Aunt Becky addresses that ‘Full House’ attic mystery
Let’s for a second not think about the inhabitants of the Full House house, but rather focus on the actual house itself. As we know from the show’s opening credits, and numerous exterior shots, the Tanner family home is located in San Francisco. Though it shows them hanging out in the Alamo Square park, their house is actually located on Broderick Street a few blocks away. Why is this important? Because the so-called Tanner house doesn’t appear to have an attic IRL, so HOW could Aunt Becky and Uncle Jesse move up there?
This might not be something you think about on the regular, but now it’s going to be front and center in your mind. The house is already way larger than it appears, with family members living from the basement all the way up to the attic. The attic, remember, has vaulted ceilings with skylights.
But in the shots of the actual house in the show, it has a very flat, skylight-less roof.
So what gives?
Thankfully, the folks over at the Huffington Post wanted to get to the bottom of this, and asked attic-resident Aunt Becky herself. Stopping by for a chat, Lori Loughlin, declares, “From the look of it, I would argue that there could be an attic [on the house.]” There could be, but is there? That’s the question.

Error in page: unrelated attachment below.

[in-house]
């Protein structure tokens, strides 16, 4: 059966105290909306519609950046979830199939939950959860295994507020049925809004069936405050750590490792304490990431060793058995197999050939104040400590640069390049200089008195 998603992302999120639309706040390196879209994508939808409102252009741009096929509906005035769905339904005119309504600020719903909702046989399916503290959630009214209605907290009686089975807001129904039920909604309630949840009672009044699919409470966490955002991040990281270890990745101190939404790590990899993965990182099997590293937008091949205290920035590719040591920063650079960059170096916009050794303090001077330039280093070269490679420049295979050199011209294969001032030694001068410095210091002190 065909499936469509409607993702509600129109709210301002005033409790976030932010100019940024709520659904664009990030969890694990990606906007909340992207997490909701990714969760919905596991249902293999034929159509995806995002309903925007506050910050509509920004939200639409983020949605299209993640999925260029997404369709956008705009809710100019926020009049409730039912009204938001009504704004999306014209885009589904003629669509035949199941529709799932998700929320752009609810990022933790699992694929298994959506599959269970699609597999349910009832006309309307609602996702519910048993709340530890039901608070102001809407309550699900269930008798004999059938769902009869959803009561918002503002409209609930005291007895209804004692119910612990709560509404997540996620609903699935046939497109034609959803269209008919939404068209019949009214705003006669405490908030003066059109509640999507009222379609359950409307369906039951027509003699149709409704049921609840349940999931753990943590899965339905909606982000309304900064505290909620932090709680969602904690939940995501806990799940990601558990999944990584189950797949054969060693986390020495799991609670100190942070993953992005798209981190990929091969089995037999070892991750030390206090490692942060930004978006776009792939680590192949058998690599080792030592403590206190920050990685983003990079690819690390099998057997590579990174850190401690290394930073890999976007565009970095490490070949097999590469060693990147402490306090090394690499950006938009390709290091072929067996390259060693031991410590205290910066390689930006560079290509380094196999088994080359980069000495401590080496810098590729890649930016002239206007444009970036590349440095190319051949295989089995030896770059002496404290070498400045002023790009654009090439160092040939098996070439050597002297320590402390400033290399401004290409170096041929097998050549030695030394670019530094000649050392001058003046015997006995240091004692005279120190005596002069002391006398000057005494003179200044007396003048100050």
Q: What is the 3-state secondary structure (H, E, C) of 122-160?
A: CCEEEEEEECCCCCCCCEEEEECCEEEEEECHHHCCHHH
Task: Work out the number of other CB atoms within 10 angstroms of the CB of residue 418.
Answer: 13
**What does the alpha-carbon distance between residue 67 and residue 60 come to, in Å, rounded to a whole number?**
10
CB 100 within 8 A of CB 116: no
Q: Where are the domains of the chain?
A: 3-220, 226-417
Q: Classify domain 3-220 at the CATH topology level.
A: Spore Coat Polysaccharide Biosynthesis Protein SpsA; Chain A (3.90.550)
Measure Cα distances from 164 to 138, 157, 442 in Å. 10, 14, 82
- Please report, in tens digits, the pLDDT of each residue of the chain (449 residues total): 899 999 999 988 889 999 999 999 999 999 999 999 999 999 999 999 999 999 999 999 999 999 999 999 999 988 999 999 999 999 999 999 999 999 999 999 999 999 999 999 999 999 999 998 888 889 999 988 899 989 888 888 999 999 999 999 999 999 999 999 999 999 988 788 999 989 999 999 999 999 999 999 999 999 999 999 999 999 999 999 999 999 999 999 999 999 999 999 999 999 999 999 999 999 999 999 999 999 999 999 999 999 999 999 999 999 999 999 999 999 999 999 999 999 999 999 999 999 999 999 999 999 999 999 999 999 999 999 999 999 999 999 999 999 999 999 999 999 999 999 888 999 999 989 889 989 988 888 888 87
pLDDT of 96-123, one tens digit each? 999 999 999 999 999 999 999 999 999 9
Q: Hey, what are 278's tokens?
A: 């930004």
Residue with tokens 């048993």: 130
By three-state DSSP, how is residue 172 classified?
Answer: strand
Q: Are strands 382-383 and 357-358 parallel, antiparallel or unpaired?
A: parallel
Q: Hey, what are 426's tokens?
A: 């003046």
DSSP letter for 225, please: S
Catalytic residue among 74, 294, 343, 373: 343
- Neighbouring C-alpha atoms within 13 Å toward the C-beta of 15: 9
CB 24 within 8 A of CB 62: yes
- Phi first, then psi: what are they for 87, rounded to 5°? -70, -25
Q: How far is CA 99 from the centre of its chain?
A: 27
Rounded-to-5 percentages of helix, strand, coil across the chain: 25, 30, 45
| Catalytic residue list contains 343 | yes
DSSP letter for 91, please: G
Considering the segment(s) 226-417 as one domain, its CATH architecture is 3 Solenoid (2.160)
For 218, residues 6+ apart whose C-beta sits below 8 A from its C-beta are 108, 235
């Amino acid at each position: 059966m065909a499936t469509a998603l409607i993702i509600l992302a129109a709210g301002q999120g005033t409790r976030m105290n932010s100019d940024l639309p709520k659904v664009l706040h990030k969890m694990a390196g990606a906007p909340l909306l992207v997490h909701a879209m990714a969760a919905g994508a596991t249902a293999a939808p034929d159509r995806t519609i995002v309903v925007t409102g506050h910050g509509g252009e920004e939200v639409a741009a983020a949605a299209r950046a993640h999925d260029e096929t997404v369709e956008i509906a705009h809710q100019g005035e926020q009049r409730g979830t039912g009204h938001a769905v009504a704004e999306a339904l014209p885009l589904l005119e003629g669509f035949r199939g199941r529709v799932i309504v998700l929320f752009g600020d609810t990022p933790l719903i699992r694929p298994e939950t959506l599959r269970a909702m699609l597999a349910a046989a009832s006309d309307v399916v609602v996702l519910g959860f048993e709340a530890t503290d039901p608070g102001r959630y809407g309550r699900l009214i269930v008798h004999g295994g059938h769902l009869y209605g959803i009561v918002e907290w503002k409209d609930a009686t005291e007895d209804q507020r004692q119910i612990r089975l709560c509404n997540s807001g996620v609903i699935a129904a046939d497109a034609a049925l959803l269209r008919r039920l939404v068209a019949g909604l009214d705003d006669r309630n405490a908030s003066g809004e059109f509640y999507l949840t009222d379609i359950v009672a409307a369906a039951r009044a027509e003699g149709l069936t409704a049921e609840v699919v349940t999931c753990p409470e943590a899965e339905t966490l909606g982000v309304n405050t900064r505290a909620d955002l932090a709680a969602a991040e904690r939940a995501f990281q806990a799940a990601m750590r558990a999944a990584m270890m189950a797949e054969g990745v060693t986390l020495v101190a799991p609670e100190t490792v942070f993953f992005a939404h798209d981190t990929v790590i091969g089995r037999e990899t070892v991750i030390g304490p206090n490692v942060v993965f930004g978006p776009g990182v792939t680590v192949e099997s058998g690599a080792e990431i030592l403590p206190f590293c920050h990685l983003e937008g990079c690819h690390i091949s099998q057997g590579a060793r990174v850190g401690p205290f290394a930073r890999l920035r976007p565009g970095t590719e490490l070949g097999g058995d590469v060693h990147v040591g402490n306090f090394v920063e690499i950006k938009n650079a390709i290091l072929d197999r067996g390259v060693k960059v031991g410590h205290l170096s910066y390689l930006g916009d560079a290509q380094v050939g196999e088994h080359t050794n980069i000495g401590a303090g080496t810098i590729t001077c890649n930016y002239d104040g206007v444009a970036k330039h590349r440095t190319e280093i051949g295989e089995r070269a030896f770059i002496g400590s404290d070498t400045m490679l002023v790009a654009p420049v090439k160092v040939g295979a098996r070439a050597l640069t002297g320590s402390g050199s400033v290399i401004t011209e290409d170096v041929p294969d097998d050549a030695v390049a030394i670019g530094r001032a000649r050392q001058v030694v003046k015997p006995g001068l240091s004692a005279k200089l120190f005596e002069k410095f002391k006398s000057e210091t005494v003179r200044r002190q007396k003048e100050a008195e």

Pressing the issues some more, Loughlin continued, “I would say! I would say! If you’re going to take Full House that literally, you probably shouldn’t be watching it.”
Oh but we have, and we’re going to keep watching it until Fuller House arrives on Netflix. As for this attic mystery, still needing more answers, the Huffington Post found them via the obvious: Google Maps. The actual real address of the house used in the series is 1709 Broderick Street, and doing a quick search for that . . . we learn once and for all, via the street view, that the roof is in fact vaulted, meaning the attic could certainly exist. There are no skylights! But I think after all these years we’re all willing to let that slide.
“With a bird’s-eye view, you can see that the ‘flat roof’ is only a façade in the truest sense, hiding the real identity of Full House all along,” the Huffington Posts writes, and it’s about time we got the truth. In sum: The space for the attic was there, but it was not front and center in the opening credits of the show. All along, it was one quick Google search away.
Images via Warner Bros., Google